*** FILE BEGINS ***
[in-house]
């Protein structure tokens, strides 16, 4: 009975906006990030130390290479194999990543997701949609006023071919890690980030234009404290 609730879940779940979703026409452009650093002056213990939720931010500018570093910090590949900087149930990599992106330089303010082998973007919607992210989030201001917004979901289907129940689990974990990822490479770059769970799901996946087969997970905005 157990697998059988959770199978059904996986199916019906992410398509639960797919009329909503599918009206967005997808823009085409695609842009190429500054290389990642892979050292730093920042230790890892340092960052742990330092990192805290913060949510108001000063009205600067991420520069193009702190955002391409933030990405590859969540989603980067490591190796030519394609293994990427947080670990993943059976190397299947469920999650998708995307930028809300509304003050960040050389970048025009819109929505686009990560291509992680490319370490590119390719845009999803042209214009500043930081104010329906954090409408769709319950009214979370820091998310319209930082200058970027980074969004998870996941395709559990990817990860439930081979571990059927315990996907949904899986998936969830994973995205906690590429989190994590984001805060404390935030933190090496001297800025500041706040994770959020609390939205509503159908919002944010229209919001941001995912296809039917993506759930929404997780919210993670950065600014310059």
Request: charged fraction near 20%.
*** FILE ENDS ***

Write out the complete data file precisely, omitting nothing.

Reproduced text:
[in-house]
């Protein structure tokens, strides 16, 4: 009975906006990030130390290479194999990543997701949609006023071919890690980030234009404290 609730879940779940979703026409452009650093002056213990939720931010500018570093910090590949900087149930990599992106330089303010082998973007919607992210989030201001917004979901289907129940689990974990990822490479770059769970799901996946087969997970905005 157990697998059988959770199978059904996986199916019906992410398509639960797919009329909503599918009206967005997808823009085409695609842009190429500054290389990642892979050292730093920042230790890892340092960052742990330092990192805290913060949510108001000063009205600067991420520069193009702190955002391409933030990405590859969540989603980067490591190796030519394609293994990427947080670990993943059976190397299947469920999650998708995307930028809300509304003050960040050389970048025009819109929505686009990560291509992680490319370490590119390719845009999803042209214009500043930081104010329906954090409408769709319950009214979370820091998310319209930082200058970027980074969004998870996941395709559990990817990860439930081979571990059927315990996907949904899986998936969830994973995205906690590429989190994590984001805060404390935030933190090496001297800025500041706040994770959020609390939205509503159908919002944010229209919001941001995912296809039917993506759930929404997780919210993670950065600014310059």
Request: charged fraction near 20%.